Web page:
Gardens Above, Power Below

by Brian Berletic

Underutilized rooftops and roadways are catching the attention of creative communities around the world turning wasted space into gardens and power plants. ProgressTH looks at a few examples of how people are turning wasted space into productive sanctuaries and localized powerhouses.

The Space Between

Go to the top of any tall building in any given city and look down. What you might notice is the barren wasteland that is the rooftops of the surrounding buildings. These forgotten realms are baked by the sun during the day and radiate heat at night. They deflect water during storms, and otherwise provide a rarely seen but still enduring blight to the urban sprawl around them.

Our cities’ rooftops and roadways could some day allow us to double the space we currently have, to be used for power and food production. Tentative steps toward achieving this are already being made, and not by our governments or big companies, but by local communities working together. 

Next, walk along the streets of any city, particularly a tropical urban center like Bangkok, and feel the sun beating down on you from above while the heated concrete irradiates you from below.

Until recently, it didn’t pay to think much of what possibilities these otherwise uncomfortable and underutilized spaces might hold. Technology and shifting paradigms regarding local communities are changing that for the better.

In Singapore, rooftops are being turned into bountiful gardens, utilizing otherwise wasted space, absorbing heat and light that would otherwise bake the surrounding urban sprawl, and providing healthy, locally produced food to nearby restaurants, thus cutting down lengthy, pollutive, and wasteful logistical chains.

And in Idaho, one company has produced a prototype solar roadway that may transform the way we look at our otherwise underused, baked sidewalks, driveways, and streets.

Gardens Above…

Singapore is a tiny island republic. One could walk across it in a day. It is home to some 5 million people and arable land is more or less nonexistent. This means that the vast majority of Singapore’s food is imported. Not only does this pose issues regarding what some call “food security,” it is also an added expense for Singaporeans who must pay extra for the lengthy logistical chain they live at the very end of.  For an island covered in urban sprawl, the search for agricultural space ended not beneath Singapore’s feet, but above their heads, on the rooftops.

ComCrop is a social enterprise that has successfully proven just how useful that space above really is. Located “above” the heart of Singapore’s premier shopping district (Orchard Road), ComCrop is said to use “6,000 square feet of space”  to produce “8-10 times more than traditional farms over the same area by using vertical farming techniques.”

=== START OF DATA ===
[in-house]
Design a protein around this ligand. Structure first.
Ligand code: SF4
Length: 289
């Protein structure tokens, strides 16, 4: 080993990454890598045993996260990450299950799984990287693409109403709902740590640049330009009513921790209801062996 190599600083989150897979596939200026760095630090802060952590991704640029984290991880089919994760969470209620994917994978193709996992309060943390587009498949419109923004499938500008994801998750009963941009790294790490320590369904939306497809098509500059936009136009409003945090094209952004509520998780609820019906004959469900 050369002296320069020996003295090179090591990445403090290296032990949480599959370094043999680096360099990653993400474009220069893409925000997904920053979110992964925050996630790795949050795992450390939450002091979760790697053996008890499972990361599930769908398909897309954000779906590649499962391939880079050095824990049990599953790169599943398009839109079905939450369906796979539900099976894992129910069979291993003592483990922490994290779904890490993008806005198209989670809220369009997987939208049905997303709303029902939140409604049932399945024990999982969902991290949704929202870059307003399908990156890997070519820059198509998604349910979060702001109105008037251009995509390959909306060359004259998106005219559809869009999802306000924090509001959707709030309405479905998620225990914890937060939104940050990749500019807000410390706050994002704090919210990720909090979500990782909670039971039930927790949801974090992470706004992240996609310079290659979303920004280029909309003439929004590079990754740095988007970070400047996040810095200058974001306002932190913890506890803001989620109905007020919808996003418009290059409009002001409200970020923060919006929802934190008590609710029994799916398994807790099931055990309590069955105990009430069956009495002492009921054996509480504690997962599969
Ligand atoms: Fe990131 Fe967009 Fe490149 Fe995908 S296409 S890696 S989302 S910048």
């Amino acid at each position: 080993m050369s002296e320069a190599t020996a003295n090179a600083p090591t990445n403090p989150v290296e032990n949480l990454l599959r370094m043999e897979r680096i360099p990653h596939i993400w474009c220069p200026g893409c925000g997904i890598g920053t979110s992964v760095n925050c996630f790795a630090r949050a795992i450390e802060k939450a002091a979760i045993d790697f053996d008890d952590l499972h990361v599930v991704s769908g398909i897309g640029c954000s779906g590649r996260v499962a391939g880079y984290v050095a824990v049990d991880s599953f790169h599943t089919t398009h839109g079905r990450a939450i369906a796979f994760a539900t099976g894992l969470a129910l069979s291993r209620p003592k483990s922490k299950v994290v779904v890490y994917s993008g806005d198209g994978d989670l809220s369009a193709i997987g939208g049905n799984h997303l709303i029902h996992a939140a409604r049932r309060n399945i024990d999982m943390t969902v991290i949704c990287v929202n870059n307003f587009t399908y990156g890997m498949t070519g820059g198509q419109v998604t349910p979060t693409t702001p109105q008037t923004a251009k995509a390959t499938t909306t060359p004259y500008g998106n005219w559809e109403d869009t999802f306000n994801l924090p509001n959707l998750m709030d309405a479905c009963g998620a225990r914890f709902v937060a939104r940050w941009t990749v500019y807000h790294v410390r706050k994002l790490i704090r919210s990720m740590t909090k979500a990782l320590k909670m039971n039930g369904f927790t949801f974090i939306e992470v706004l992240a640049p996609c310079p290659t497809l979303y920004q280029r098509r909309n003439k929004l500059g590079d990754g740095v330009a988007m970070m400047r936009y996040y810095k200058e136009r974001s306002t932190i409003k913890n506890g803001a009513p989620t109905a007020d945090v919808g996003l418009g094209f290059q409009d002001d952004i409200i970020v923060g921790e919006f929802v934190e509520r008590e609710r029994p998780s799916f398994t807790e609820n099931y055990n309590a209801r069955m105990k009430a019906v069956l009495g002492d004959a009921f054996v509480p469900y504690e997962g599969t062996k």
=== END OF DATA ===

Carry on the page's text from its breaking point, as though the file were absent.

The genius behind ComCrop isn’t just their techniques, but their business model. They are not just producing food and selling it. They have turned ComCrop into a social enterprise that provides educational opportunities to those within their community and inspiration for others to follow in their footsteps. On their Facebook page, they share weekly events where people from across Singapore participate in this innovative experiment.

Their choice to network with local restaurants is another important feature of ComCrop. It further stitches the project into the community, and the community itself closer together. For those that were once dependent on long logistical networks extending far beyond Singapore’s borders, this local interdependence provides a refreshing  resurgence of traditional village life but combined with all the benefits of living in a highly advanced urban center. It marries the best of two worlds together and allows those who were once unwilling to compromise between urban modernity and traditional rural life to have a taste of both.

The benefits of knowing exactly where our food comes from dwell in both a social dimension, and in terms of personal health. ComCrop’s success is a green-light for the rest of us to begin looking up as well as below the next time we think about the merits of a community garden. It is also a reminder that there is no excuse not to roll up our sleeves and begin growing our own food.

Power Below…

An artist representation of a road covered in Solar Roadways’ smart panels which include solar cells for power production, sensors to collect information, and LEDs to relay that information to drivers.